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I EU Cultural Policy

The Cultural Logic of Economic Integration

Rachael Craufurd Smith

Introduction

The three initial European Communities were established to address the economic and technological challenges facing Europe after the devastation of the Second World War. But if the immediate goals were expressly economic and developmental, the long-term ones were also cultural and political. Economic integration was seen as the 'leaven from which will grow a wider and deeper community between countries long opposed to one another by sanguinary divisions' (Schuman, 1950). In this sense it was a direct response to, and rejection of, the nationalism, totalitarianism and theories of racial superiority that had characterised the recent Fascist regimes. As Ulrich Beck (2006: 163) has observed, 'Europe's collective memory of the Holocaust provides the basis for the European Union'.

This chapter considers how the cultural logic of economic integration has gradually been elucidated and rendered explicit in the constitutional documents, secondary legislation and judicial decisions of the European Union (EU). It then outlines the development by the EU of an explicit cultural policy, formally initiated with the introduction in 1992 of a specific article on culture, now Article 167 of the Treaty on the Functioning of the European Union (TFEU). The analysis explores how the emphasis of the various culture programmes has shifted over time and concludes by arguing that, paradoxically, we now need to look outside the framework of Article 167 TFEU if we wish to reconnect with the fundamental values on which the EU was built.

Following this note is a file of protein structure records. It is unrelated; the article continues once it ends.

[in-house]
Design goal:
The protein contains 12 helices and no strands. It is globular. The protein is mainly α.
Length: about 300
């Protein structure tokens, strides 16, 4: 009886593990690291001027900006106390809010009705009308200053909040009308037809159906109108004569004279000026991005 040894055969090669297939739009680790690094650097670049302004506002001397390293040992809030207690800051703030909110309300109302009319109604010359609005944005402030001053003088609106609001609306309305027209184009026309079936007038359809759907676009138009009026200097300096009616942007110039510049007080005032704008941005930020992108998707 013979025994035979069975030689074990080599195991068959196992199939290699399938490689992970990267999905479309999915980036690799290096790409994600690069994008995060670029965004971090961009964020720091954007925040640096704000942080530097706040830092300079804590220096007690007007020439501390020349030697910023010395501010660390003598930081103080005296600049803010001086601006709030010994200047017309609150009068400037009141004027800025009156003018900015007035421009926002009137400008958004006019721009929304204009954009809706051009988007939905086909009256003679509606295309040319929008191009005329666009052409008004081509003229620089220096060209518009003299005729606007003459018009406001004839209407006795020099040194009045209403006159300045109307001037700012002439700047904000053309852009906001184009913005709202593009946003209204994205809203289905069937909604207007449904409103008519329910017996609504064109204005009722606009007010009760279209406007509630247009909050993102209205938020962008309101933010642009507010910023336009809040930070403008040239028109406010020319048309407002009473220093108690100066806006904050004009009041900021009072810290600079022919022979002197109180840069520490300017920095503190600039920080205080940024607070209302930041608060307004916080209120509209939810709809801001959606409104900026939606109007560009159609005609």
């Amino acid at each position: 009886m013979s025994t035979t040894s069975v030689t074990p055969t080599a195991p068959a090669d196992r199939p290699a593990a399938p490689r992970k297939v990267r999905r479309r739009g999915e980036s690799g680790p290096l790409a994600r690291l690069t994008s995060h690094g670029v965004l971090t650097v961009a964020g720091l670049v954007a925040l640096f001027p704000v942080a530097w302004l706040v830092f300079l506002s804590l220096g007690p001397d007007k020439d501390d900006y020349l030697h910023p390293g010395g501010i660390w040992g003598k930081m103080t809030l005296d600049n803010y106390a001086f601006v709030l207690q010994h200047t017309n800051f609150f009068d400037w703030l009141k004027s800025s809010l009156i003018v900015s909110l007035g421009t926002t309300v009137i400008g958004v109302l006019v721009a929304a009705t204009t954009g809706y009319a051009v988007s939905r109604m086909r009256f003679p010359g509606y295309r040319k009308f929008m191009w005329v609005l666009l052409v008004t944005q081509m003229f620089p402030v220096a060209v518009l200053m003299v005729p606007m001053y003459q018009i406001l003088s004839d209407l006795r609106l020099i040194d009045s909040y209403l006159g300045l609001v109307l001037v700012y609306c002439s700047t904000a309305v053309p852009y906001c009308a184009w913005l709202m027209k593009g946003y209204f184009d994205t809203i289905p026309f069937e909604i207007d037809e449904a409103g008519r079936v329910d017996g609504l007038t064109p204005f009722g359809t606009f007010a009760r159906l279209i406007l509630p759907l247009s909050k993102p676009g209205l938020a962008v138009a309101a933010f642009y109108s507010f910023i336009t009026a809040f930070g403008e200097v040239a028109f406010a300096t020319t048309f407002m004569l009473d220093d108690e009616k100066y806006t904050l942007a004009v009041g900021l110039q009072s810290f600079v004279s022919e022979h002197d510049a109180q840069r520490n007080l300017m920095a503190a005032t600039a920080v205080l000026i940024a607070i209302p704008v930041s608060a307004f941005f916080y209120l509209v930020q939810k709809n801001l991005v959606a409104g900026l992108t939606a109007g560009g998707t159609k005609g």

I would like to thank James Buchan for his help with the editing of this chapter.

 
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